According to media, India has asked for complete withdrawal of the PLA from the friction points despite the growing mistrust. Considering the Chinese actions, this is nothing but chasing a chimera. Words like “constructive talks” and “early disengagement” coming up repeatedly in joint statements after series of talks are mere semantics with no intent shown by China to fall back. In fact, China appears to be ‘humouring’ India by continuing these series of talks while going on consolidating the intrusions and deployments in Eastern Ladakh and brining forward more weapon systems. China has now deployed tanks facing Indian locations at the Kailash Range and the Spanggur Gap.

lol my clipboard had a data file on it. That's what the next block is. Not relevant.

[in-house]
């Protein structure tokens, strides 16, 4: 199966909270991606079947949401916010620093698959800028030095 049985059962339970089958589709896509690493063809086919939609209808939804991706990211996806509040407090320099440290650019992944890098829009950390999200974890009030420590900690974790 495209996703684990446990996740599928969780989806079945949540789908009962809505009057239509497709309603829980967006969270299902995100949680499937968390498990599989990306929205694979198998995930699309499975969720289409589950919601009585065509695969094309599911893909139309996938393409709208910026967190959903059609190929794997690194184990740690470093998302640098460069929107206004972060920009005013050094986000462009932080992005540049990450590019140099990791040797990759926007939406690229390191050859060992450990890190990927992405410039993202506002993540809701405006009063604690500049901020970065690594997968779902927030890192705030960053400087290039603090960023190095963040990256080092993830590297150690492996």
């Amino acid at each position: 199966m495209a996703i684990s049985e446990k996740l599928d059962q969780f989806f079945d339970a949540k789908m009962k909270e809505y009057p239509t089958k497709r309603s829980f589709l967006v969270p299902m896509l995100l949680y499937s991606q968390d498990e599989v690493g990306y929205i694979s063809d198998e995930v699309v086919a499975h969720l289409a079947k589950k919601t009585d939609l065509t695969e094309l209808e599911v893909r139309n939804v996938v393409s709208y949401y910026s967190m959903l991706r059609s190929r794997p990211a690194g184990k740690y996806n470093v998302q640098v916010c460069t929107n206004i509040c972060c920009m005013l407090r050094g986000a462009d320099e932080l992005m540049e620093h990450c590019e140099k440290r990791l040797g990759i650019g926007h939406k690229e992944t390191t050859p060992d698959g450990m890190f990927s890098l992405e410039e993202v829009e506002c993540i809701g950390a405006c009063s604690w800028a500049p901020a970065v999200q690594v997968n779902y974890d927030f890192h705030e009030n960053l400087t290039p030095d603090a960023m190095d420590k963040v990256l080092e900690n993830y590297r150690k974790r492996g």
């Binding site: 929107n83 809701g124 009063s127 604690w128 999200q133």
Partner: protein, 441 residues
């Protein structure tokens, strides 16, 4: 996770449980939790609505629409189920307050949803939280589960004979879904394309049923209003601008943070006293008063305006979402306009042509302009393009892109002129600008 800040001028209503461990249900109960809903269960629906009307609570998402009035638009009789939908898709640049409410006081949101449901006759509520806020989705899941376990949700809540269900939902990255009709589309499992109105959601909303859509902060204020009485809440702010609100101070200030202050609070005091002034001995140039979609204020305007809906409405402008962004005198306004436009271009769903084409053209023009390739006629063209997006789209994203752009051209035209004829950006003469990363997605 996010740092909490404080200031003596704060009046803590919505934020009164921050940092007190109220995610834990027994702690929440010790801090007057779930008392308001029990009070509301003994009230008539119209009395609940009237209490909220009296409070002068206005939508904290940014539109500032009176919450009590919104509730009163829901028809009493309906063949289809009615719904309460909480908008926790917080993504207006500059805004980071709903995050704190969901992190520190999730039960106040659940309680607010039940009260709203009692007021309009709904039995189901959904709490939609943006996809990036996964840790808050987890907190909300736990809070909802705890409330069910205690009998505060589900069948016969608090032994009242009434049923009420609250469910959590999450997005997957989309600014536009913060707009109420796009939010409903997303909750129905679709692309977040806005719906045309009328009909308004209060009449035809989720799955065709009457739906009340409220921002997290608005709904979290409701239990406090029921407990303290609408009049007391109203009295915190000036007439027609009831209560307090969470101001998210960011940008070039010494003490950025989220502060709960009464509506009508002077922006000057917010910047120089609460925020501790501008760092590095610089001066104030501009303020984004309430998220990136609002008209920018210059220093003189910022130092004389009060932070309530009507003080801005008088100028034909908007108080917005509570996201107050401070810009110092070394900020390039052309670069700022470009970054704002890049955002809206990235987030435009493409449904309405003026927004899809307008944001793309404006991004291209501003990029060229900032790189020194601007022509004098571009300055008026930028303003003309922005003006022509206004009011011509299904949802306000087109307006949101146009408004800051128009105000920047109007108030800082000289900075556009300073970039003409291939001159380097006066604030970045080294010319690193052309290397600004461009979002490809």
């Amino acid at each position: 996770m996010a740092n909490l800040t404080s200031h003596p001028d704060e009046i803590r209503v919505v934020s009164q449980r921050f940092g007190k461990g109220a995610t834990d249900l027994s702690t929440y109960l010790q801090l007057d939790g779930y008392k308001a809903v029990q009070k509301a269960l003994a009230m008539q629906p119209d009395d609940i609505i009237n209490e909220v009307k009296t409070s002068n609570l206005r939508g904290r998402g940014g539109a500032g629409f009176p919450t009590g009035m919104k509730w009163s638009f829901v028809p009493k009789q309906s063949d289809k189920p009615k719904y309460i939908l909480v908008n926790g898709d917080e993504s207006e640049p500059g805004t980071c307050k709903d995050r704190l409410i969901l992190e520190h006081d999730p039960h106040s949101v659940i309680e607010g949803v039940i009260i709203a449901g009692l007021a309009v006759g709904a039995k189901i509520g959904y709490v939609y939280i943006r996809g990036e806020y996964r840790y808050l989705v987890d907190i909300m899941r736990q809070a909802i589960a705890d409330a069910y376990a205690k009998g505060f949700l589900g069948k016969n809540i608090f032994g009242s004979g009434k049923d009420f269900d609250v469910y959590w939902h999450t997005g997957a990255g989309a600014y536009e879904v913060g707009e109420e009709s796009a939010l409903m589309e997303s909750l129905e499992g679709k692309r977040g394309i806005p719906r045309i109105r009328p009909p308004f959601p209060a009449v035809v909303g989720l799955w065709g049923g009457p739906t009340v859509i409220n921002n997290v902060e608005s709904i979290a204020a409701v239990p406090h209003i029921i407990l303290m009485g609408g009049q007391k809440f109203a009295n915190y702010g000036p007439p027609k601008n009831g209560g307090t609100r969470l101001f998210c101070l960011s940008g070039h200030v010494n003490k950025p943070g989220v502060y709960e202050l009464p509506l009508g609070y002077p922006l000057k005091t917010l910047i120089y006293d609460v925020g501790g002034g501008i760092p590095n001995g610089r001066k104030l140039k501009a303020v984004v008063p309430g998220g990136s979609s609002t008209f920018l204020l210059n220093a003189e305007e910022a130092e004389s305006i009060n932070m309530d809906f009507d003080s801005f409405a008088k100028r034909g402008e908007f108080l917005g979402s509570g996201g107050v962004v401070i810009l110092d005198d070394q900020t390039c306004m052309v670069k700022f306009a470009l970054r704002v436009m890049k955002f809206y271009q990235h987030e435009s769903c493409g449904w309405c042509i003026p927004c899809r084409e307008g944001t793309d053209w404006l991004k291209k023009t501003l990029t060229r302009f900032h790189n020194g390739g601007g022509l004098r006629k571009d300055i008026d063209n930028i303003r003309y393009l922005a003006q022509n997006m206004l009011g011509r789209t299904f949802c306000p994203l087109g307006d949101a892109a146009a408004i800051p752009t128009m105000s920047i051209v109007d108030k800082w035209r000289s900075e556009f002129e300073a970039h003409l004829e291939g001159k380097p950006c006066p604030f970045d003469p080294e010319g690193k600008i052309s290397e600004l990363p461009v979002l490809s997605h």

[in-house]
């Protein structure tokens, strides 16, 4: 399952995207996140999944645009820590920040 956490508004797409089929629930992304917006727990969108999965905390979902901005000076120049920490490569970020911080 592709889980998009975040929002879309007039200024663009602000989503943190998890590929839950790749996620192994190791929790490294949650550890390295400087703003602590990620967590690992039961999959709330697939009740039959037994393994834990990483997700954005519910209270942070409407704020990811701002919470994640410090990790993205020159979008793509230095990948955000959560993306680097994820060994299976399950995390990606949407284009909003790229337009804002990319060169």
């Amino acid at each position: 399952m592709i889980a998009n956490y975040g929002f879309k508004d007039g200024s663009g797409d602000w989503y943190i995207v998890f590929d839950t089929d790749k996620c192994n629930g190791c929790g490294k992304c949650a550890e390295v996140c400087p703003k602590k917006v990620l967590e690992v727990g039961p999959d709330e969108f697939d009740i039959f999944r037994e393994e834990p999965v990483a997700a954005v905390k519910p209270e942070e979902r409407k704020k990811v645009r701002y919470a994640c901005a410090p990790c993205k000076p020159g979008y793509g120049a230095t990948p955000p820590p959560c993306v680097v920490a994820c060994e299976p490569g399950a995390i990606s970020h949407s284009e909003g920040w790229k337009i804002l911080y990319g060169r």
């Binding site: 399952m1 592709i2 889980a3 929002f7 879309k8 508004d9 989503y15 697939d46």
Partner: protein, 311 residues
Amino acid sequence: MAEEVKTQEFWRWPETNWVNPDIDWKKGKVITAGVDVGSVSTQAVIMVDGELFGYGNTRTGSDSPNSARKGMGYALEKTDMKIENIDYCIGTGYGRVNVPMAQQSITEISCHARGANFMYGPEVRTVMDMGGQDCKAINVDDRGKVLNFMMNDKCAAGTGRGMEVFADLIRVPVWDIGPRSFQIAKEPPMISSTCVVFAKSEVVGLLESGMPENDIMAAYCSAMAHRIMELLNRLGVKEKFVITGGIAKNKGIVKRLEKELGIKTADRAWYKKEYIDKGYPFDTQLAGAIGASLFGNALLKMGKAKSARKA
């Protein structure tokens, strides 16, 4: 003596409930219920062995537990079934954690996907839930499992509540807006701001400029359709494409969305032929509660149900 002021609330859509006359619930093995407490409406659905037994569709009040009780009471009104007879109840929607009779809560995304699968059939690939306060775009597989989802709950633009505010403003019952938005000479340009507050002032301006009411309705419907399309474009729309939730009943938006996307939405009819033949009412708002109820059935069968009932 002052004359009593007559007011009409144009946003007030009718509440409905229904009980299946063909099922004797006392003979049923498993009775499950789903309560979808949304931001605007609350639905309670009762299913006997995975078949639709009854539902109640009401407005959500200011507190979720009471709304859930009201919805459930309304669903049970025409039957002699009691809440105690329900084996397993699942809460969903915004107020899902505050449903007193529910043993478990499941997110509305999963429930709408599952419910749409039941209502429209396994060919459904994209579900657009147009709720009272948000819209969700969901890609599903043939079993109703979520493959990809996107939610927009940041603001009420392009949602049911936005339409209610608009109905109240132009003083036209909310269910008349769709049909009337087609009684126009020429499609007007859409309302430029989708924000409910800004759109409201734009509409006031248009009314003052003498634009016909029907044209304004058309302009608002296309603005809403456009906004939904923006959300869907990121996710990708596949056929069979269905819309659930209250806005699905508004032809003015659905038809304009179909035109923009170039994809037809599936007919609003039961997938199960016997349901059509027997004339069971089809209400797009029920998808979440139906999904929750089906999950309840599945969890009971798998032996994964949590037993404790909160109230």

According to media reports, India proposed during the ninth round of talks that from the next meeting, detailed discussions should also be held on the withdrawal of Chinese troops from Depsang Plains. This is the surprising part because Depsang is the deepest intrusion made by the PLA which is of strategic importance to China since it brings them closer to Daulat Beg Oldi (DBO) and airstrip in order to interdict the Darbuk-Shyok-DBO (DSDBO) Road and capture all area north up to the Karakoram (KK) Pass. Withdrawal of PLA from Depsang should have been the first demand by India. If this was done fearing China will demand we withdraw our troops from heights around Chushul, Kailash Range and those covering the Spanggur Gap, Chinese need to be bluntly told that these locations are in our territory and the LAC was not crossed. Vacating these locations in exchange for PLA withdrawing from Depsang, as China is likely to demand, would be a strategic blunder.